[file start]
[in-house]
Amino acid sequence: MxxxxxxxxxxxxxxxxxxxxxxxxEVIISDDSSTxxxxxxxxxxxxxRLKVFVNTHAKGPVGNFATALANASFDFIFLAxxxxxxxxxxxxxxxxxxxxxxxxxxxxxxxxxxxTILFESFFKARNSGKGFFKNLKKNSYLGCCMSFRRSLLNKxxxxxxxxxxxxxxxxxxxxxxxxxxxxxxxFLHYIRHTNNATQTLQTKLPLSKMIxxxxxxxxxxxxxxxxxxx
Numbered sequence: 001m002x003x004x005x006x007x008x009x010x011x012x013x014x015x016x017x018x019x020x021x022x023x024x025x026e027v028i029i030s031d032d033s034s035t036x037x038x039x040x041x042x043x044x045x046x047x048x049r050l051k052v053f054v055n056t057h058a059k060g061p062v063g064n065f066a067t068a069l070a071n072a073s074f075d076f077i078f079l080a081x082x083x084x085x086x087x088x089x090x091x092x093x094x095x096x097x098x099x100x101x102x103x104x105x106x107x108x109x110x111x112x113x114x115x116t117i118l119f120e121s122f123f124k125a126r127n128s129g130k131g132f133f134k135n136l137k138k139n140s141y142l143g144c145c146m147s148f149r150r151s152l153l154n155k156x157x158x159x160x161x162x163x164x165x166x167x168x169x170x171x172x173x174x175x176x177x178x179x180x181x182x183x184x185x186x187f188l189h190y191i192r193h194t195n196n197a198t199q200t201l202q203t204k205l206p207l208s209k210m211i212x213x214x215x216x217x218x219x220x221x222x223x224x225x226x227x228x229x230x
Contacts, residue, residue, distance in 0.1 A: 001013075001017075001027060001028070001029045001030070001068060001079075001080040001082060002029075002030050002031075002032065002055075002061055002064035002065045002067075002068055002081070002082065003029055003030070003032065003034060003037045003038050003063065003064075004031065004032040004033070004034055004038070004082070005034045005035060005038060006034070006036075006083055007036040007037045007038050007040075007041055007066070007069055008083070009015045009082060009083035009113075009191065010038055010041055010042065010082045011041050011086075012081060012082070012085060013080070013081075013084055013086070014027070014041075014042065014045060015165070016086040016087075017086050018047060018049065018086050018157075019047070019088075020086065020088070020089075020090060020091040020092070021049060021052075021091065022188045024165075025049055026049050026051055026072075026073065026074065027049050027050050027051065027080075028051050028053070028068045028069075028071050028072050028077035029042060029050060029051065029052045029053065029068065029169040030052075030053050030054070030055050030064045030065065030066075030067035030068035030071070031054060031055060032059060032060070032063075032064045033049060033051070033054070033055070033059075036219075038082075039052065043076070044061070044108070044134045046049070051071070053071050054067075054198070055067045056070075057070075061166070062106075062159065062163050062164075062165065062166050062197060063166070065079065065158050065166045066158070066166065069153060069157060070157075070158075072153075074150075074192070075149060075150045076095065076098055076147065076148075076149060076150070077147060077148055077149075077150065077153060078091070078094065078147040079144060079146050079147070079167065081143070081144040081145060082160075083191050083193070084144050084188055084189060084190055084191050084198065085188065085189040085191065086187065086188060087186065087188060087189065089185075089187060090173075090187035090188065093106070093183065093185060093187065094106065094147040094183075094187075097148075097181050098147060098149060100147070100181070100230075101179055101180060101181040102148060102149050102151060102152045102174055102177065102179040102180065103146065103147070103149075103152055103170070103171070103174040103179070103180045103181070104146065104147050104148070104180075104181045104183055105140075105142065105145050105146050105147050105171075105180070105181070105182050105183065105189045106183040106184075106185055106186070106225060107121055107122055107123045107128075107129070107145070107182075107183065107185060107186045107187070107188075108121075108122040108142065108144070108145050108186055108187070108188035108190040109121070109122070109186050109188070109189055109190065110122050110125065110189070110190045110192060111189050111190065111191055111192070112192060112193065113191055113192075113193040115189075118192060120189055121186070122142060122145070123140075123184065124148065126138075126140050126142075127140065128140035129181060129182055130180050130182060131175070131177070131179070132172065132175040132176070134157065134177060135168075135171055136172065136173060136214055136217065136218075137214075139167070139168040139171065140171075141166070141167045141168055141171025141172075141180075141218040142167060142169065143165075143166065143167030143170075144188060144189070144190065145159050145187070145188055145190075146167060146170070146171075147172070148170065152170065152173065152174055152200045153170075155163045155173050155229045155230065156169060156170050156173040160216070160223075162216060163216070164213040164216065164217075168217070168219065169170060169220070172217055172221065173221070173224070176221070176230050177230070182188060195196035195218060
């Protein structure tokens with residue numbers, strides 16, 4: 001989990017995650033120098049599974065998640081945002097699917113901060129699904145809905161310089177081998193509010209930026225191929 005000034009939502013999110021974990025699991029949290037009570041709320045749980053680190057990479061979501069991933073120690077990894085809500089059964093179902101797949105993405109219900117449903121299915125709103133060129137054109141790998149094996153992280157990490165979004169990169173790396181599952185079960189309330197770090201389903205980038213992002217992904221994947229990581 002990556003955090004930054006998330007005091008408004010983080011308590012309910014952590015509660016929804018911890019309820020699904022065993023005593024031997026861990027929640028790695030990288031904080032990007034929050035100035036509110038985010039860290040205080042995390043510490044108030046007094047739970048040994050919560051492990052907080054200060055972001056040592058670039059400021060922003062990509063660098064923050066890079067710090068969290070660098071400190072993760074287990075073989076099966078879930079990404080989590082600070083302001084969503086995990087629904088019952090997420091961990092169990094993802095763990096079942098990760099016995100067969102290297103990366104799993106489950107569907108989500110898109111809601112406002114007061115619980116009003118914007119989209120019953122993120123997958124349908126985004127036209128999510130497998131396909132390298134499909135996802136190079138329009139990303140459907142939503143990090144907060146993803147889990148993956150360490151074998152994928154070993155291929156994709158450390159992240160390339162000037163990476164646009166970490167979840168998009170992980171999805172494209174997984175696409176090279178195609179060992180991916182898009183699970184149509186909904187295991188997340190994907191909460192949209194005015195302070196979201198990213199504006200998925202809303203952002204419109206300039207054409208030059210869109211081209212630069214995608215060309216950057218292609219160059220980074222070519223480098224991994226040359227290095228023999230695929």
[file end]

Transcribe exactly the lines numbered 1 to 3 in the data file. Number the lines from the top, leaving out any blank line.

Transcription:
[in-house]
Amino acid sequence: MxxxxxxxxxxxxxxxxxxxxxxxxEVIISDDSSTxxxxxxxxxxxxxRLKVFVNTHAKGPVGNFATALANASFDFIFLAxxxxxxxxxxxxxxxxxxxxxxxxxxxxxxxxxxxTILFESFFKARNSGKGFFKNLKKNSYLGCCMSFRRSLLNKxxxxxxxxxxxxxxxxxxxxxxxxxxxxxxxFLHYIRHTNNATQTLQTKLPLSKMIxxxxxxxxxxxxxxxxxxx
Numbered sequence: 001m002x003x004x005x006x007x008x009x010x011x012x013x014x015x016x017x018x019x020x021x022x023x024x025x026e027v028i029i030s031d032d033s034s035t036x037x038x039x040x041x042x043x044x045x046x047x048x049r050l051k052v053f054v055n056t057h058a059k060g061p062v063g064n065f066a067t068a069l070a071n072a073s074f075d076f077i078f079l080a081x082x083x084x085x086x087x088x089x090x091x092x093x094x095x096x097x098x099x100x101x102x103x104x105x106x107x108x109x110x111x112x113x114x115x116t117i118l119f120e121s122f123f124k125a126r127n128s129g130k131g132f133f134k135n136l137k138k139n140s141y142l143g144c145c146m147s148f149r150r151s152l153l154n155k156x157x158x159x160x161x162x163x164x165x166x167x168x169x170x171x172x173x174x175x176x177x178x179x180x181x182x183x184x185x186x187f188l189h190y191i192r193h194t195n196n197a198t199q200t201l202q203t204k205l206p207l208s209k210m211i212x213x214x215x216x217x218x219x220x221x222x223x224x225x226x227x228x229x230x